Before a word is spoken in Bruce Norris’s new play The Qualms, now at Playwrights Horizons, audiences hear the sound of nervous laughter onstage. It might as well have been my own, because Norris’s make-you-squirm dramaturgy is by now, for me, an almost predictable source of complicated pleasure. (Hilarity is always close to hysteria in his plays.) Furthermore, I knew from the advance publicity — and if I hadn’t I could have guessed from the program’s humping-monkey logo — that The Qualms was going to be about sex: more specifically, the quasi-orgiastic mix-and-match coupling that used to be called swinging and is now called “the lifestyle,” at least by some of its practitioners. These include Gary and Teri, the fortysomething hosts of the evening’s party, who are sitting uncomfortably close to the jittery thirtysomething newbies, Chris and Kristy, on an Ikea-ish sectional sofa that, you fear, may need a new slipcover by the end.
But no, The Qualms is not really very wild. For one thing, this particular bunch of swingers — couples who have been meeting at one another’s homes on a regular basis for at least several years — has rules. “Membership dues need to be in by the first of the month, so go to the website if you haven’t already,” Gary explains. Cell phones must be left in a bowl by the door. It is also requested that coasters be used in the “party room” because someone didn’t last time, leaving a red wine stain on the white carpet. Even the way time is spent in that room is strictly regulated: Twenty minutes is the limit per couple, 30 for a threesome. Front-loading all this banal intercourse, Norris very quickly disabuses you of the notion that anything very sexy is going to happen.
So what happens instead? Odd to say, what had seemed at first like an unusually well-acted porn scenario — older couple indoctrinates virgins — quickly reveals itself (with no nudity, though) as a moral debate on a question put forth almost at once by Gary: “So why, may we ask, and at what point did monogamy become the obligatory state of things?” Gary believes that swinging is a superior way of life because it acknowledges the truth of human wiring; Chris, who we later learn had an ulterior motive for coming, argues for the human capacity to make choices beyond mere biology. (Meanwhile, their “ladies” excuse themselves to the party room.) Soon the debate is joined by the other couples arriving. Deb (who calls herself fat) and Ken (whom she calls her “big chocolate Nubian god”) apparently represent the communitarian benefit of non-monogamy: not just sharing one’s sexuality but being appreciated without judgment by a microcosm of society. Regine is a sort of sex Marxist from Martinique (“the most important political decision you make in your life is the decision who to sleep with”), but her partner Roger, a Kuwait War vet, just seems to see sex, of whatever style and frequency, as his American birthright.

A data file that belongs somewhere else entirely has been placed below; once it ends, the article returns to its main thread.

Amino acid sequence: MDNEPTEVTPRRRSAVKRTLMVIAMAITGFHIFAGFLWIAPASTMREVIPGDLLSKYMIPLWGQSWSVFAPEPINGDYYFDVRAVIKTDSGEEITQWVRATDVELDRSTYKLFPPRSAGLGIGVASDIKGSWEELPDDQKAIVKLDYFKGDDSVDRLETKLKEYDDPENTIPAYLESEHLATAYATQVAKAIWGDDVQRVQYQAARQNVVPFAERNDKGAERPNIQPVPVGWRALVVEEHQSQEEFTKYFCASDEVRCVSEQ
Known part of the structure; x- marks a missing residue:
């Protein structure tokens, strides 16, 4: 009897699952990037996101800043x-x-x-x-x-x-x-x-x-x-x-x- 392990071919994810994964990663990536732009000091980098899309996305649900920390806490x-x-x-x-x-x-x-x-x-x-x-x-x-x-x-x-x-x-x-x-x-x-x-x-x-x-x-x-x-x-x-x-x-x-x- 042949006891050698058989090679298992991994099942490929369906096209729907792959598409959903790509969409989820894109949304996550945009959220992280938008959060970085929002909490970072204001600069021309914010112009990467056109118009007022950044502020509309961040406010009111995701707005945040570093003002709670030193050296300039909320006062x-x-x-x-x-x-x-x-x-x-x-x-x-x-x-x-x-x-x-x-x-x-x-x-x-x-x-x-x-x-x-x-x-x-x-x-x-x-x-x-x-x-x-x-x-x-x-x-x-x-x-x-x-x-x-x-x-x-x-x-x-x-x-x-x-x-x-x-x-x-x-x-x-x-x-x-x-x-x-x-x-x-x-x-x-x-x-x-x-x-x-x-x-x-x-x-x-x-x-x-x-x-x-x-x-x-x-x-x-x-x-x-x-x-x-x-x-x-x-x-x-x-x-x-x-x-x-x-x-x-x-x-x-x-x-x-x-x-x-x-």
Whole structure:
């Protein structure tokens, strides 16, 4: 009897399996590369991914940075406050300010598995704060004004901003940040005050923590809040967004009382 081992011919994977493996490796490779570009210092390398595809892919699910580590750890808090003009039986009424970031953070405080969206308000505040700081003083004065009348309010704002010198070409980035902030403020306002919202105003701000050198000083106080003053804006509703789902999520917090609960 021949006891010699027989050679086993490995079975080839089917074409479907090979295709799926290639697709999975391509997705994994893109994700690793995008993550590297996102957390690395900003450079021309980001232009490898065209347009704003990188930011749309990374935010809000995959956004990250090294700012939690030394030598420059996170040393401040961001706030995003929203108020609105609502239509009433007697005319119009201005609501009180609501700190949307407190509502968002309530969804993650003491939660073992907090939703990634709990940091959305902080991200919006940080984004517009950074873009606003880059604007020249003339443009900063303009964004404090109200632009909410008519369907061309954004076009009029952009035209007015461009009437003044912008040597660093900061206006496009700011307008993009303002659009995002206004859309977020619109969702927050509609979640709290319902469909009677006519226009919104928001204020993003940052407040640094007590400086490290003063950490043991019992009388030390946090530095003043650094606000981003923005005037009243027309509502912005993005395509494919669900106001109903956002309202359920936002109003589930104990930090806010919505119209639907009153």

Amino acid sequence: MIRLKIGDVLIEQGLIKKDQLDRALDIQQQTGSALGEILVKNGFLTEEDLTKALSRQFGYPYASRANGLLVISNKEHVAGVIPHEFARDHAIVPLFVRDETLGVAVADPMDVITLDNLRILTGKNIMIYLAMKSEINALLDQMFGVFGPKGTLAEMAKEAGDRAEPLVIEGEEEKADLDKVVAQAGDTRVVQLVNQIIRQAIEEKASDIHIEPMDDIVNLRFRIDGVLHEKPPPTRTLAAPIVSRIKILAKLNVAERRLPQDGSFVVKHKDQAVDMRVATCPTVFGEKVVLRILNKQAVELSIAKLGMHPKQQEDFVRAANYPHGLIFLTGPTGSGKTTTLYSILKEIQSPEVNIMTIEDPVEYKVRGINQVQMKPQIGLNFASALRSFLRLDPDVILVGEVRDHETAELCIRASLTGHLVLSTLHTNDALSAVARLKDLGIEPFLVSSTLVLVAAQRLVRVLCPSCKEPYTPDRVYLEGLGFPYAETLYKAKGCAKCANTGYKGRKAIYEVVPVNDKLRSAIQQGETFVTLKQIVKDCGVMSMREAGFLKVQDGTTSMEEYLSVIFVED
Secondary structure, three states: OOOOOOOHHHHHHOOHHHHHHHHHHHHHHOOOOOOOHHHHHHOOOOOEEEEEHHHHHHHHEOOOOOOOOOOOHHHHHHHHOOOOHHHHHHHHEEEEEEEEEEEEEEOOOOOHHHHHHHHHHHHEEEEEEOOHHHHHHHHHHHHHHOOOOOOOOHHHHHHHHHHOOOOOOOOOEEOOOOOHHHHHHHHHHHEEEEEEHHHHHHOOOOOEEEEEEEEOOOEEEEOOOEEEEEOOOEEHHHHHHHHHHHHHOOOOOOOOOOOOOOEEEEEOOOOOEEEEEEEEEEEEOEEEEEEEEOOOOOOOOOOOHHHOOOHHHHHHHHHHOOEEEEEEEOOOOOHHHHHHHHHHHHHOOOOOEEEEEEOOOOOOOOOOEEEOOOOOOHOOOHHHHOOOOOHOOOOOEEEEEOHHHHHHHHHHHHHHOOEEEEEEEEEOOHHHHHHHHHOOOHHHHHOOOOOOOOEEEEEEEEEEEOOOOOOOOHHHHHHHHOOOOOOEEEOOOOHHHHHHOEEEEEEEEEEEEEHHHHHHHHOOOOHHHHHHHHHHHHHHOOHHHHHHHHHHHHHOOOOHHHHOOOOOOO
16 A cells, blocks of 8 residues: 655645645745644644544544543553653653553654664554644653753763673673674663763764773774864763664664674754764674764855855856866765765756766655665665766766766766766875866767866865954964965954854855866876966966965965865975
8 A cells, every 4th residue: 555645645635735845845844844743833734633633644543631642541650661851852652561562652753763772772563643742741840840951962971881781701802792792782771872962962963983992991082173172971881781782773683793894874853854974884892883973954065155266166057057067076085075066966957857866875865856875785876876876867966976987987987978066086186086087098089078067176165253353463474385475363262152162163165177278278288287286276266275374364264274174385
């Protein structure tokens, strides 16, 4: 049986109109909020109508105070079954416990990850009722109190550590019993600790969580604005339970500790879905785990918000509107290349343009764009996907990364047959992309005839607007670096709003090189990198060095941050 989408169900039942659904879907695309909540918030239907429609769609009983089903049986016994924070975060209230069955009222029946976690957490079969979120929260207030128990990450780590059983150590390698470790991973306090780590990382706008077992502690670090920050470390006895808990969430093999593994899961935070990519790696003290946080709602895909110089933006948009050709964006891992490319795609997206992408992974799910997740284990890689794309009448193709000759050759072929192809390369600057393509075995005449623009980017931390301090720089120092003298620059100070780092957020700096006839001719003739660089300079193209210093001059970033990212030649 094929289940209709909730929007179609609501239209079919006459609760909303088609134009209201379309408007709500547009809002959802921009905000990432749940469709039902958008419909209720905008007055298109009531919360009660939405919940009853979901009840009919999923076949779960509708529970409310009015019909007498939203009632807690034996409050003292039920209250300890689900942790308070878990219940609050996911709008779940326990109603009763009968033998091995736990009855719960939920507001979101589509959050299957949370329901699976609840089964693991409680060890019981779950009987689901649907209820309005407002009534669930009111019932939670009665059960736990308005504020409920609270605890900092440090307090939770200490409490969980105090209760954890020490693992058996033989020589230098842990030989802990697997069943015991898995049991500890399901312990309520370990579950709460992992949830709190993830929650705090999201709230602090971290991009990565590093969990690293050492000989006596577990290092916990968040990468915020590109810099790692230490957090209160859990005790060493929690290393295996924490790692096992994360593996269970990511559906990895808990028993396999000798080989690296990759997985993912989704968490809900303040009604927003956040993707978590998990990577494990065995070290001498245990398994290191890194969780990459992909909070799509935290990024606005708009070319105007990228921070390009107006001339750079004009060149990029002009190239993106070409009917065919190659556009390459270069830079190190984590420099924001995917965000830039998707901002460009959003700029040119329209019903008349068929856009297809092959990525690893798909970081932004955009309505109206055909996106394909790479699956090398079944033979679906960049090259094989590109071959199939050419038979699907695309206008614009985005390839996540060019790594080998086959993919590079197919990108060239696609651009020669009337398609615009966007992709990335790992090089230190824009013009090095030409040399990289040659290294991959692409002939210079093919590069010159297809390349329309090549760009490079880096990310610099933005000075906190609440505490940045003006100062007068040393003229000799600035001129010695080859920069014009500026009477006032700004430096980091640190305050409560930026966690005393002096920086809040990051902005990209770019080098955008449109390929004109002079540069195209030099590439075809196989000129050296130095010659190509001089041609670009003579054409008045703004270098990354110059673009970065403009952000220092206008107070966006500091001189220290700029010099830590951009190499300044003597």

The discussion is amusing, certainly, spiced up by occasional smuttiness, and very well acted all around. (Sleepy-eyed Kate Arrington as dippy Teri is especially priceless.) But Norris is not really trying to do Shaw on Shagging: He doesn’t have enough love for his characters to make any of them very plausible in their positions. Rather, he’s an underminer, and one with a curious motive. At first he seems to be reserving his snark for the longtime swingers: He draws them as hokum-spouting morons who believe in (and parrot) anything that justifies their preferences. But it’s Chris who’s the ticking bomb. Apparently better educated than the others, certainly richer (he’s a private-equity manager) and more skeptical, he eventually can’t hide his disdain and explodes in an extended aria of scorn. Naturally, he gets skewered from all sides like Our Lady of Sorrows. He is a martyr for sexual conservatism, and it does not disguise the play’s agenda that he is also, well, a dick.
Norris’s card-stacking is shameless; he’s like a riverboat dealer, twirling his mustaches. Not that this is new. In play after play — The Pain and the Itch, Clybourne Park, Domesticated — he lets the idiots and trendoids and hypocrites crucify the troglodyte, who is actually meant to be understood as the voice of reason. (Domesticated even managed to valorize its Eliot Spitzer stand-in.) There’s something bracing, perhaps especially to liberals, about this, and, in Clybourne Park, something profound. Even were that not the case, I’m a pushover for Norris’s sneaky, long-game, looping jokes. But I’m beginning to wonder if what I’d taken for a meaningful relationship between us as playwright and theatergoer was just a casual hookup. Especially in The Qualms, his drama is the drama of the aggrieved status quo, and as such reminds me uncomfortably of War on Christmas freaks, or conservatives who whine that gay marriage is ruining their religion. Of course, Norris is too smart to let you take refuge with any side of any argument; he’s an equal-opportunity belittler. That makes for a thrilling if not always edifying ride. Indeed, in The Qualms, fundamental human questions experience significant shrinkage. Instead of “Can we all get along?,” what we end up with is “Can we all get it on?”
The Qualms is at Playwrights Horizons through July 12.